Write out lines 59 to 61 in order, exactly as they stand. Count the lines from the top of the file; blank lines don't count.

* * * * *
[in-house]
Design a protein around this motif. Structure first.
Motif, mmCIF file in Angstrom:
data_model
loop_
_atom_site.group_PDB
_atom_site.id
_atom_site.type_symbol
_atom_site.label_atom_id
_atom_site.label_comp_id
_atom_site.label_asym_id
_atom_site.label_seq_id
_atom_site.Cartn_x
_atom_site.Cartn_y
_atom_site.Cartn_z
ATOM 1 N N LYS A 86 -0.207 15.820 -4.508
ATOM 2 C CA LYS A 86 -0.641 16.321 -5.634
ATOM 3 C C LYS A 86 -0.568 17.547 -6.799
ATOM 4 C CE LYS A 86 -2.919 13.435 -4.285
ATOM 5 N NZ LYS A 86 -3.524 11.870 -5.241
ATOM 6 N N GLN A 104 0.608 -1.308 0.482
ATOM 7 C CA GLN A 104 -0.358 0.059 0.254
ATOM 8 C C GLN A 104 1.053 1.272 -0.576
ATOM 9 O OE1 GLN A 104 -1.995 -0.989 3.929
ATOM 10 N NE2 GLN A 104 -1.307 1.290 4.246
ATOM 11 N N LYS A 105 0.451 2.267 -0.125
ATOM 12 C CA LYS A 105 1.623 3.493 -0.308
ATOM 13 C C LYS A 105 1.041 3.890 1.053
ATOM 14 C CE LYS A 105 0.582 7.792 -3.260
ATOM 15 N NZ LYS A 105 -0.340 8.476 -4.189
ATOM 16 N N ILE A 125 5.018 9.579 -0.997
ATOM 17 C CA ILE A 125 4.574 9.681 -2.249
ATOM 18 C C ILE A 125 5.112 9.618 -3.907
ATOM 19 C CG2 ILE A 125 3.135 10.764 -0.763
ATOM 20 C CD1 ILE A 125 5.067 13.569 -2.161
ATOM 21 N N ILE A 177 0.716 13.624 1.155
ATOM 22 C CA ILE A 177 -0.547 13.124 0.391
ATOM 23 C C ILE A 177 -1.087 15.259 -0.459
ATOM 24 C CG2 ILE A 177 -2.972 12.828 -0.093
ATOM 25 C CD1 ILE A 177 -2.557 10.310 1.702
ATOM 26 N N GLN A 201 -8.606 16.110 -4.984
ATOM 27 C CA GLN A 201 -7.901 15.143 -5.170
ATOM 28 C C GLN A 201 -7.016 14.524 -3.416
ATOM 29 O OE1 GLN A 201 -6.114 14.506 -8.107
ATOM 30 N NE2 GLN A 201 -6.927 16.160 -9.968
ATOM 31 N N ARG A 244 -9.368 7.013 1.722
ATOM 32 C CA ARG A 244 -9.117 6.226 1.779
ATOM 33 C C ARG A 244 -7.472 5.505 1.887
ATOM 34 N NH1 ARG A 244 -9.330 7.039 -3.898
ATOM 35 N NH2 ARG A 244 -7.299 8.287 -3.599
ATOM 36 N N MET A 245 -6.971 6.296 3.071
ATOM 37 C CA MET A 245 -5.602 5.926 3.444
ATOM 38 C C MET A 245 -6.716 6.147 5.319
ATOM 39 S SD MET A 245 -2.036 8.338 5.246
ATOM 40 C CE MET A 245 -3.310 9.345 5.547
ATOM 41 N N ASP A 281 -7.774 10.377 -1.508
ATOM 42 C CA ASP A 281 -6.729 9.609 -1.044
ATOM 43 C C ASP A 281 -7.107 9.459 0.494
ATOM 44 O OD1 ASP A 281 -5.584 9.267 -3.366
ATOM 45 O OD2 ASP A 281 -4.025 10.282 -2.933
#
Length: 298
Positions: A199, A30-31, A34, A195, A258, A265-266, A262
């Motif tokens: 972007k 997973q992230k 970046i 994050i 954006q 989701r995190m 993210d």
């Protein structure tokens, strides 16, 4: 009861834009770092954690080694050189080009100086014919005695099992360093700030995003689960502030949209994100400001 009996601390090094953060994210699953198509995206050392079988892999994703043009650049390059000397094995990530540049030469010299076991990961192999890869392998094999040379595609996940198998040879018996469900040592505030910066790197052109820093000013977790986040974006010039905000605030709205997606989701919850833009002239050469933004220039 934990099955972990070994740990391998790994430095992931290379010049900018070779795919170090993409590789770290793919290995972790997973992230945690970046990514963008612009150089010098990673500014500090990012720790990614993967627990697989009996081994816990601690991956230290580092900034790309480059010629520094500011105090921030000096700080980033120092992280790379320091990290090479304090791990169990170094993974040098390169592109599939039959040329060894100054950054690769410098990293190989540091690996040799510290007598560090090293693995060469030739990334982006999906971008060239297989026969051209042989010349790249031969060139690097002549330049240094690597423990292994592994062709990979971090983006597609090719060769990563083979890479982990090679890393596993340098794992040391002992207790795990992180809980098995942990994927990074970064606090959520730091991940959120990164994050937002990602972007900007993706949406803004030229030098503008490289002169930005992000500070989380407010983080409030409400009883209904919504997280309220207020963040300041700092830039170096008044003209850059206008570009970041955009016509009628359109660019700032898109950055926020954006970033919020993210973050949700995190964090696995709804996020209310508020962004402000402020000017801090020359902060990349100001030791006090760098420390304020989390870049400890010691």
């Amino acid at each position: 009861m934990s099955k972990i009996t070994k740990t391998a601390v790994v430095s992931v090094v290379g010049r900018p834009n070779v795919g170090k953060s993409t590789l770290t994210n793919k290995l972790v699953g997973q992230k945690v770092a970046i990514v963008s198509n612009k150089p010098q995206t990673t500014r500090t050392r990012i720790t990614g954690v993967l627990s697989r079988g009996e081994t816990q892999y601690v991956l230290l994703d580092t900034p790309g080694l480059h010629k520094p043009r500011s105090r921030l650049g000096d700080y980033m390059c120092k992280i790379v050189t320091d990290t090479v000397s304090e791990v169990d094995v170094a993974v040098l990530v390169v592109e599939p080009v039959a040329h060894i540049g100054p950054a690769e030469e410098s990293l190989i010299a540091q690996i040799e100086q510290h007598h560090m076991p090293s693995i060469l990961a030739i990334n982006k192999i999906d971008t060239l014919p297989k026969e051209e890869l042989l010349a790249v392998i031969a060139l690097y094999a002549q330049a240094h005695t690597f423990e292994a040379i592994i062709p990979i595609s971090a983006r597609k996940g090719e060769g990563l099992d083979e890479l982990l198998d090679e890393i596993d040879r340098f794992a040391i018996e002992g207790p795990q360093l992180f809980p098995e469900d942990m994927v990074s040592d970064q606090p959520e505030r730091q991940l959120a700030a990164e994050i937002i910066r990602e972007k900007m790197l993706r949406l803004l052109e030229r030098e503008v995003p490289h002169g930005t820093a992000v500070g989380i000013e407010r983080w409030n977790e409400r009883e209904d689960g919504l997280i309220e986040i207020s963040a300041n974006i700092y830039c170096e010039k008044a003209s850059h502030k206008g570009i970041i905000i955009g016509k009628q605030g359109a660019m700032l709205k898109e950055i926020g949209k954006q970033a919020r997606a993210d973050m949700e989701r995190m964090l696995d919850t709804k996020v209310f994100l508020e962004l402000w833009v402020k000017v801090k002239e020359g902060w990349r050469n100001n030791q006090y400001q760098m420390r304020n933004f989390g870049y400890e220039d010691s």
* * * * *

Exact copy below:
ATOM 44 O OD1 ASP A 281 -5.584 9.267 -3.366
ATOM 45 O OD2 ASP A 281 -4.025 10.282 -2.933
#